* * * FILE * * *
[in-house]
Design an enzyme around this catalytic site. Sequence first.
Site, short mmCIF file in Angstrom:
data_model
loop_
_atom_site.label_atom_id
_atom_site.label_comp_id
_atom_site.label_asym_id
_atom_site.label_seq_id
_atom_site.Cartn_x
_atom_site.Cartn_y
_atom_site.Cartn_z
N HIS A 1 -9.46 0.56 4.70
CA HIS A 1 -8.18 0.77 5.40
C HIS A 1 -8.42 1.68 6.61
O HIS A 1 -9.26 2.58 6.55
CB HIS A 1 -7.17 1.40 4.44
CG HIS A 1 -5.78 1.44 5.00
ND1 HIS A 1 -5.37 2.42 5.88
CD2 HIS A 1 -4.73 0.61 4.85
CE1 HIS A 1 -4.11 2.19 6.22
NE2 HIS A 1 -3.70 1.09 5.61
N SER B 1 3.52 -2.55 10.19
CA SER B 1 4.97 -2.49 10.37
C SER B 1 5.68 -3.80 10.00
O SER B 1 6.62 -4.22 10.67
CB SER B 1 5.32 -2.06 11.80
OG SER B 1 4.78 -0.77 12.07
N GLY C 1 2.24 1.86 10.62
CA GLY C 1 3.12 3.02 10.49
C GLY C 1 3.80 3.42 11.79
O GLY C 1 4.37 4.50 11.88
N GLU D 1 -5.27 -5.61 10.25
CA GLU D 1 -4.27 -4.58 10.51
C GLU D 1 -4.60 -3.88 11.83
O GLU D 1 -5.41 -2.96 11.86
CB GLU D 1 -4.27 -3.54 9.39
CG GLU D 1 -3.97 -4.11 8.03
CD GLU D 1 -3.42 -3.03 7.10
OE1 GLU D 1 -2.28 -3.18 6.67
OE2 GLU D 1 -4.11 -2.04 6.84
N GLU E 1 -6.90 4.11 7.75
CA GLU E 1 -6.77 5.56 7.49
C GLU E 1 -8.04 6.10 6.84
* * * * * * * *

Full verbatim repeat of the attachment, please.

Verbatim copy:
[in-house]
Design an enzyme around this catalytic site. Sequence first.
Site, short mmCIF file in Angstrom:
data_model
loop_
_atom_site.label_atom_id
_atom_site.label_comp_id
_atom_site.label_asym_id
_atom_site.label_seq_id
_atom_site.Cartn_x
_atom_site.Cartn_y
_atom_site.Cartn_z
N HIS A 1 -9.46 0.56 4.70
CA HIS A 1 -8.18 0.77 5.40
C HIS A 1 -8.42 1.68 6.61
O HIS A 1 -9.26 2.58 6.55
CB HIS A 1 -7.17 1.40 4.44
CG HIS A 1 -5.78 1.44 5.00
ND1 HIS A 1 -5.37 2.42 5.88
CD2 HIS A 1 -4.73 0.61 4.85
CE1 HIS A 1 -4.11 2.19 6.22
NE2 HIS A 1 -3.70 1.09 5.61
N SER B 1 3.52 -2.55 10.19
CA SER B 1 4.97 -2.49 10.37
C SER B 1 5.68 -3.80 10.00
O SER B 1 6.62 -4.22 10.67
CB SER B 1 5.32 -2.06 11.80
OG SER B 1 4.78 -0.77 12.07
N GLY C 1 2.24 1.86 10.62
CA GLY C 1 3.12 3.02 10.49
C GLY C 1 3.80 3.42 11.79
O GLY C 1 4.37 4.50 11.88
N GLU D 1 -5.27 -5.61 10.25
CA GLU D 1 -4.27 -4.58 10.51
C GLU D 1 -4.60 -3.88 11.83
O GLU D 1 -5.41 -2.96 11.86
CB GLU D 1 -4.27 -3.54 9.39
CG GLU D 1 -3.97 -4.11 8.03
CD GLU D 1 -3.42 -3.03 7.10
OE1 GLU D 1 -2.28 -3.18 6.67
OE2 GLU D 1 -4.11 -2.04 6.84
N GLU E 1 -6.90 4.11 7.75
CA GLU E 1 -6.77 5.56 7.49
C GLU E 1 -8.04 6.10 6.84